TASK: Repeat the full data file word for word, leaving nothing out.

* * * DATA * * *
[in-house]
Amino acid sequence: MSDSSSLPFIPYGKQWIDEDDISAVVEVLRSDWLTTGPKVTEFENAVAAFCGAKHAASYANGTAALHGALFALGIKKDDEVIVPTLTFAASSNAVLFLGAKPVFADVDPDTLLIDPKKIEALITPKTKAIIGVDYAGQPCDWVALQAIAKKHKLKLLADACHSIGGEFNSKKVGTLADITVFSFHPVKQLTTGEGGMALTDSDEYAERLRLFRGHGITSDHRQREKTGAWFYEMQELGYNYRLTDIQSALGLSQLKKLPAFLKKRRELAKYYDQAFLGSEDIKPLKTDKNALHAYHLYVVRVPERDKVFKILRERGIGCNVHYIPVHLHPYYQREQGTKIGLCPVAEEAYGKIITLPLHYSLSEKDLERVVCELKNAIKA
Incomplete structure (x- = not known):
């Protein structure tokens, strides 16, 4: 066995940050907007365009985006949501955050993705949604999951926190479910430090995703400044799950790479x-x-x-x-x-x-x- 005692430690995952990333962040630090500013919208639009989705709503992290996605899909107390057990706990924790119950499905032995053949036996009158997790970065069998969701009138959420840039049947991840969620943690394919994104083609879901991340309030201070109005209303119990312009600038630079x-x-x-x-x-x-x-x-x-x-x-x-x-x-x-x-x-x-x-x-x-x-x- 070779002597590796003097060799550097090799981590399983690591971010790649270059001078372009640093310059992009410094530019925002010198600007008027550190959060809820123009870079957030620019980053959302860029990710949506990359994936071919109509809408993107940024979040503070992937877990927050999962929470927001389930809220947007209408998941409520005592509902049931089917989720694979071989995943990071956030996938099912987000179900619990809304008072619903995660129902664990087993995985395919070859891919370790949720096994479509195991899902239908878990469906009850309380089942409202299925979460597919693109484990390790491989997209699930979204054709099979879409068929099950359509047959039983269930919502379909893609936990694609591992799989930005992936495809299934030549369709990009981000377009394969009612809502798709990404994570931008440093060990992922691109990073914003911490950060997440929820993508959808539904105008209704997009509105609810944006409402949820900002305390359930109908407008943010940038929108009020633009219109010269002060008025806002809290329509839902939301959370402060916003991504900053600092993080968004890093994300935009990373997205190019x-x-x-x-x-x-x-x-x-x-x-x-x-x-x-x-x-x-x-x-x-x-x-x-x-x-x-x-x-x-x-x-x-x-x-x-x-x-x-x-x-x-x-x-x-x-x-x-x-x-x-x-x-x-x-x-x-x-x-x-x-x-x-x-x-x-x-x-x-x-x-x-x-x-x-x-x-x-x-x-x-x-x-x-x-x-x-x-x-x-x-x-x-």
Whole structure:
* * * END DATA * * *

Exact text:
[in-house]
Amino acid sequence: MSDSSSLPFIPYGKQWIDEDDISAVVEVLRSDWLTTGPKVTEFENAVAAFCGAKHAASYANGTAALHGALFALGIKKDDEVIVPTLTFAASSNAVLFLGAKPVFADVDPDTLLIDPKKIEALITPKTKAIIGVDYAGQPCDWVALQAIAKKHKLKLLADACHSIGGEFNSKKVGTLADITVFSFHPVKQLTTGEGGMALTDSDEYAERLRLFRGHGITSDHRQREKTGAWFYEMQELGYNYRLTDIQSALGLSQLKKLPAFLKKRRELAKYYDQAFLGSEDIKPLKTDKNALHAYHLYVVRVPERDKVFKILRERGIGCNVHYIPVHLHPYYQREQGTKIGLCPVAEEAYGKIITLPLHYSLSEKDLERVVCELKNAIKA
Incomplete structure (x- = not known):
């Protein structure tokens, strides 16, 4: 066995940050907007365009985006949501955050993705949604999951926190479910430090995703400044799950790479x-x-x-x-x-x-x- 005692430690995952990333962040630090500013919208639009989705709503992290996605899909107390057990706990924790119950499905032995053949036996009158997790970065069998969701009138959420840039049947991840969620943690394919994104083609879901991340309030201070109005209303119990312009600038630079x-x-x-x-x-x-x-x-x-x-x-x-x-x-x-x-x-x-x-x-x-x-x- 070779002597590796003097060799550097090799981590399983690591971010790649270059001078372009640093310059992009410094530019925002010198600007008027550190959060809820123009870079957030620019980053959302860029990710949506990359994936071919109509809408993107940024979040503070992937877990927050999962929470927001389930809220947007209408998941409520005592509902049931089917989720694979071989995943990071956030996938099912987000179900619990809304008072619903995660129902664990087993995985395919070859891919370790949720096994479509195991899902239908878990469906009850309380089942409202299925979460597919693109484990390790491989997209699930979204054709099979879409068929099950359509047959039983269930919502379909893609936990694609591992799989930005992936495809299934030549369709990009981000377009394969009612809502798709990404994570931008440093060990992922691109990073914003911490950060997440929820993508959808539904105008209704997009509105609810944006409402949820900002305390359930109908407008943010940038929108009020633009219109010269002060008025806002809290329509839902939301959370402060916003991504900053600092993080968004890093994300935009990373997205190019x-x-x-x-x-x-x-x-x-x-x-x-x-x-x-x-x-x-x-x-x-x-x-x-x-x-x-x-x-x-x-x-x-x-x-x-x-x-x-x-x-x-x-x-x-x-x-x-x-x-x-x-x-x-x-x-x-x-x-x-x-x-x-x-x-x-x-x-x-x-x-x-x-x-x-x-x-x-x-x-x-x-x-x-x-x-x-x-x-x-x-x-x-």
Whole structure: